Back To Career News

PayScale’s VIP Blog Roundup: What Teachers Really Do With Their ‘Summers Off’

If you're a professor, teacher, or grad student, you're probably sick of hearing people say that you get the summer off. But for non-academic types, it seems like a sweet deal. This week's blog roundup looks at why those summer months aren't as much fun for teachers as they are for students; plus, insight into why feedback is so hard on so many of us, and what to do to really drive your co-workers crazy (if that's your goal).

If you’re a professor, teacher, or grad student, you’re probably sick of hearing people say that you get the summer off. But for non-academic types, it seems like a sweet deal. This week’s blog roundup looks at why those summer months aren’t as much fun for teachers as they are for students; plus, insight into why feedback is so hard on so many of us, and what to do to really drive your co-workers crazy (if that’s your goal).

studying late 

(Photo Credit: John Althouse Cohen/Flickr)

Danielle Rosvally at Dani Prose: What Teachers (and Grad Students) Really Do With Their “Summer Off”

Do You Know What You're Worth?

It being summer, it also happens to be a time of year when us educators are faced with the frustrating situation of explaining away certain myths about our jobs. One still prevalent is the “summer off.”

I know that the university calendar tells you that there’s no class over the three-month span between June and September. I am also aware that conventional ideas about summer equate to vacation, beaches, volleyballs, and children frolicking in fields of free time.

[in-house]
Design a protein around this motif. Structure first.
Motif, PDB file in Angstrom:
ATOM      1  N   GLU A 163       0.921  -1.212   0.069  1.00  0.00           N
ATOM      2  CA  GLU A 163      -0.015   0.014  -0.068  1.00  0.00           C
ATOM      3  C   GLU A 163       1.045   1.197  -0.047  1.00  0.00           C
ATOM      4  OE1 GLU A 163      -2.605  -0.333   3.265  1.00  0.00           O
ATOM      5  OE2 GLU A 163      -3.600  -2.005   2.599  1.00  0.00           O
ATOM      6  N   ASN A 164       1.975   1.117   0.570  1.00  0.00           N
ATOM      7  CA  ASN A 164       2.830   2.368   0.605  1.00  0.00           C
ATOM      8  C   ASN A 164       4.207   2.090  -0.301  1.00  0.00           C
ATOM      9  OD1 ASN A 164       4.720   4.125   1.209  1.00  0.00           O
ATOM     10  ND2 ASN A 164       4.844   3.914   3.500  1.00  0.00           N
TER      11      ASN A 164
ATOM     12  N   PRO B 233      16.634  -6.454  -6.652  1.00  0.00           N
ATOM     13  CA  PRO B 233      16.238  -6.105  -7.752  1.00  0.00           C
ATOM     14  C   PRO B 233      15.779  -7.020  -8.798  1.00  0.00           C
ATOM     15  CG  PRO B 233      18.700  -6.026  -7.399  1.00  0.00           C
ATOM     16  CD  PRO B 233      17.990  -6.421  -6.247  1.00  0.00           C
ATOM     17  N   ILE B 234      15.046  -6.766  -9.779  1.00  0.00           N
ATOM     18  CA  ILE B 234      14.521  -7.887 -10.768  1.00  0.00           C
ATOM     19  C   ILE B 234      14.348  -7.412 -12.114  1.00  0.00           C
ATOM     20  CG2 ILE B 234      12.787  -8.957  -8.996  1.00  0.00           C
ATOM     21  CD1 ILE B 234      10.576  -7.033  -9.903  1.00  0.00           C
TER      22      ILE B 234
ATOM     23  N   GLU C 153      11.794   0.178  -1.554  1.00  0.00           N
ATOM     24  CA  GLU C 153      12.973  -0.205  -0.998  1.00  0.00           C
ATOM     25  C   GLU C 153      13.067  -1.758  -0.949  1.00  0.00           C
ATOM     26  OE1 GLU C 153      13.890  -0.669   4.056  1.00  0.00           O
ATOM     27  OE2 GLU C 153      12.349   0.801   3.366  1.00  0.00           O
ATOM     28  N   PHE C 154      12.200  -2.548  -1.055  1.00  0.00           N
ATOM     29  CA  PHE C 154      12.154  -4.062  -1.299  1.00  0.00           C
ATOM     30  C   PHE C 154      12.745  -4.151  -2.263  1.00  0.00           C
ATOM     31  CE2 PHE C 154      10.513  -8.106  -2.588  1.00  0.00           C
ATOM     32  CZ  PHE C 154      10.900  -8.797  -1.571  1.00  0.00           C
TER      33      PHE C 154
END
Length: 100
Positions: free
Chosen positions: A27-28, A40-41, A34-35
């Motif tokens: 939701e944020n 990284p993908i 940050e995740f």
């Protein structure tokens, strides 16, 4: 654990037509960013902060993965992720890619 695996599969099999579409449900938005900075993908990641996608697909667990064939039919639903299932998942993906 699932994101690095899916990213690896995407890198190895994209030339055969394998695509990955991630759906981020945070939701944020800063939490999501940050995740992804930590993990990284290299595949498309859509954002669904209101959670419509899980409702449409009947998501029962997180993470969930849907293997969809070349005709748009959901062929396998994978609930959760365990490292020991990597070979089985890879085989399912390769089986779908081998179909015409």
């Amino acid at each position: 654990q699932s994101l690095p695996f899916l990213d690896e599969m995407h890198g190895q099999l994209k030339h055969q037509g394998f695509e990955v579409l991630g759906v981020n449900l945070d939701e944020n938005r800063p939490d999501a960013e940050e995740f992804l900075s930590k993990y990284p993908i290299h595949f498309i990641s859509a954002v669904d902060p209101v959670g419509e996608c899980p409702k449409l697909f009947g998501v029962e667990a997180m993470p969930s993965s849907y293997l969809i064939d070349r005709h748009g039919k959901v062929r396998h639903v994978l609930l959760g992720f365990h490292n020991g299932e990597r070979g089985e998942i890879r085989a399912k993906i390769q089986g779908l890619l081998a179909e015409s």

But let me assure you, simply because school’s out for summer doesn’t mean that we get “three blissful months” of sitting on our couches binge-watching Netflix.

Here‘s what they’re really doing.

Marla Gottschalk, PhD at The Office Blend: Why We Hide From Feedback

You probably recognize the importance of being able to accept feedback … but that doesn’t mean that you like hearing it. In her latest post, Dr. Gottschalk discusses what goes into making a person more (or less) receptive to feedback.

Researchers have been examining a multifaceted construct, aptly named Feedback Orientation which captures a number of key elements that collectively influence our receptiveness. These elements include, perceived Utility (Our beliefs concerning the usefulness of feedback to help us reach desired goals or outcomes), Accountability (The belief that we should respond to given feedback), Social Awareness (The tendency to utilize feedback to gain a picture of our performance through others, and Feedback Self-Efficacy (An individual’s perceived competence to interpret and respond to feedback appropriately.)

To get the most out giving and receiving feedback, you need to know how you relate to these elements.

Dawn Rosenberg McKay at About.com’s Career Planning site: 10 Ways to Annoy Your Coworkers

The No. 1 reason on this list is one that our ancestors could never have imagined: talking loudly on your cellphone, while you’re in the bathroom.

Your coworkers are so interested in your cell phone conversations, they want to listen to them all the time. Don’t they? No, not really. Your conversations are not as entertaining to anyone else as they are to you. More importantly, they don’t want to hear you talk on your phone while you are in the bathroom. It makes them uncomfortable.

Reasons No. 9 through 10 are less disgusting, but no less irritating.

Tell Us What You Think

What’s the best career advice you’ve heard this week? We want to hear from you! Leave a comment or join the discussion on Twitter.

Jen Hubley Luckwaldt
Read more from Jen

What Am I Worth?

What your skills are worth in the job market is constantly changing.